|Publication number||US8130664 B2|
|Application number||US 12/104,567|
|Publication date||Mar 6, 2012|
|Filing date||Apr 17, 2008|
|Priority date||Apr 18, 2007|
|Also published as||CN101682410A, CN101682410B, EP2140580A1, EP2140580A4, US8711833, US20080259849, US20080259905, WO2008131029A1, WO2008131030A1|
|Publication number||104567, 12104567, US 8130664 B2, US 8130664B2, US-B2-8130664, US8130664 B2, US8130664B2|
|Inventors||Dennis P. Connors, Huei-Jiun Ju, Sina Zahedi, Neeraj Poojary|
|Original Assignee||Wi-Lan, Inc.|
|Export Citation||BiBTeX, EndNote, RefMan|
|Patent Citations (110), Non-Patent Citations (31), Referenced by (1), Classifications (11), Legal Events (2)|
|External Links: USPTO, USPTO Assignment, Espacenet|
This application claims the benefit of U.S. Provisional Patent Applications Ser. No. 60/912,661, filed Apr. 18, 2007, entitled “Base Station Synchronization For a Single Frequency Network,” Ser. No. 60/953,452, filed Aug. 1, 2007, entitled “Base Stations Synchronization For a Single Frequency Network,” and Ser. No. 60/971,837 filed Sep. 12, 2007, entitled “Base Station Synchronization For a single Frequency Network” which are hereby incorporated by reference in their entirety.
The present disclosure relates generally to a wireless communication system and in particular to a wireless broadcast communication system.
Wireless communication networks typically have a plurality of servicing base stations which receive and transmit signals to users' devices within the service area of the respective base stations. Communication between a user and their respective base station is maintained as a user moves about the network service area by handing off the user from one base station to another.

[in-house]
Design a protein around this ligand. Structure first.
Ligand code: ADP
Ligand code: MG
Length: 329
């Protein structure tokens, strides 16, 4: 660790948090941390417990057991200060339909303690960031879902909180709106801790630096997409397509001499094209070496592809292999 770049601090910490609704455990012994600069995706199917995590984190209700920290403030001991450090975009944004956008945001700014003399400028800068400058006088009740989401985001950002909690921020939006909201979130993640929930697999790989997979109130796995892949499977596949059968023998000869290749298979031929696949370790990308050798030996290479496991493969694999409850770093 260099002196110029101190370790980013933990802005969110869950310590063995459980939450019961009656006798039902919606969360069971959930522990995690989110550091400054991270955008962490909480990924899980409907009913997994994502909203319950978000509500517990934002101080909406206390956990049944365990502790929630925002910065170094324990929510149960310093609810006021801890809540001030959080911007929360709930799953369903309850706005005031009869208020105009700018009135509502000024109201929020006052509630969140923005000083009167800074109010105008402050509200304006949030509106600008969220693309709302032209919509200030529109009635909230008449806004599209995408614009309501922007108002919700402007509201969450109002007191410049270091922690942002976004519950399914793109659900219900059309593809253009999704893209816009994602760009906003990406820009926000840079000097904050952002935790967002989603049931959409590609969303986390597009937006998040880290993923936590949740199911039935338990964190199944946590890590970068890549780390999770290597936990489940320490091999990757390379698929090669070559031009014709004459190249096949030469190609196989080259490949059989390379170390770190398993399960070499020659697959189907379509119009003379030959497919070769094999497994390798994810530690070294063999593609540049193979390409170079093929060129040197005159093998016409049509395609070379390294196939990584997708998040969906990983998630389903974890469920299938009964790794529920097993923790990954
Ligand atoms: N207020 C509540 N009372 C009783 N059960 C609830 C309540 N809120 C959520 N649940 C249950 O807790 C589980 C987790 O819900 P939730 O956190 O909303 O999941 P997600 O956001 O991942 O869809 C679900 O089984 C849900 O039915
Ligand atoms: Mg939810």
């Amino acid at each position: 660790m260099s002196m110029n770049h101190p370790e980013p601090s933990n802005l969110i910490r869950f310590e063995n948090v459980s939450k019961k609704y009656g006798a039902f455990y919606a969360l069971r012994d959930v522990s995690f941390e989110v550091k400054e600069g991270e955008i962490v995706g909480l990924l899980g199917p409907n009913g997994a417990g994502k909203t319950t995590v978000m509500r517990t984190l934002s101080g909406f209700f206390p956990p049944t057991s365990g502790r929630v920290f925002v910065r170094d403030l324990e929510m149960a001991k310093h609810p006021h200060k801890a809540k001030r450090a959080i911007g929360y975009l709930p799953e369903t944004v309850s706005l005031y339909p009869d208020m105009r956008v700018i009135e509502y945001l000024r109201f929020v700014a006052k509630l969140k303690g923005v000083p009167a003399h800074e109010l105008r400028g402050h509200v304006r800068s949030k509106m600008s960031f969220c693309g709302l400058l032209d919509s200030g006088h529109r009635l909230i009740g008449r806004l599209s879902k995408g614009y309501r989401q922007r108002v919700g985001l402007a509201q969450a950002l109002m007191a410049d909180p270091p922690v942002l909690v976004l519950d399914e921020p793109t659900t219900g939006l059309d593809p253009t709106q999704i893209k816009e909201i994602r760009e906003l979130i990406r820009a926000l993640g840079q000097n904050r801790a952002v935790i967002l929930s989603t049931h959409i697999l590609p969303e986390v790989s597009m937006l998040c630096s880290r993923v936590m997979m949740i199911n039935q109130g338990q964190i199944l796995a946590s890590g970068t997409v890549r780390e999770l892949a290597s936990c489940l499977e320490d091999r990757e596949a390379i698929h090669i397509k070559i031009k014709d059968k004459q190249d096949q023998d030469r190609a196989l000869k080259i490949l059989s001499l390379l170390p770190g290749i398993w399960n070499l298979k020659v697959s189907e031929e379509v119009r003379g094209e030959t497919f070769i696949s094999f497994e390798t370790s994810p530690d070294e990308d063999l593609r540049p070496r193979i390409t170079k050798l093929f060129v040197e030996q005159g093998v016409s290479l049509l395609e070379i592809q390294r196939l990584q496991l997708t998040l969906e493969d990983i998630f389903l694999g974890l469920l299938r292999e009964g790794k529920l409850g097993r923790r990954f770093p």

Many new services are being offered to customers of wireless communication carriers. One such service is providing customers with multimedia content via the wireless communication network. For example, it is desired to provide audio/video content to customers as they move about the network.
Providing multimedia content via wireless communication networks presents several challenges. For example, it is desirable for the average outgoing rate of content data to match the average incoming rate of content data. Known methods and systems have provided some improvements to match the rates but still fall short.
Therefore, there is a need for improved systems, apparatus, and techniques for receiving broadcasting content, to ensure that data is smoothly transmitted to end users and that the buffer on the network side does not become overloaded.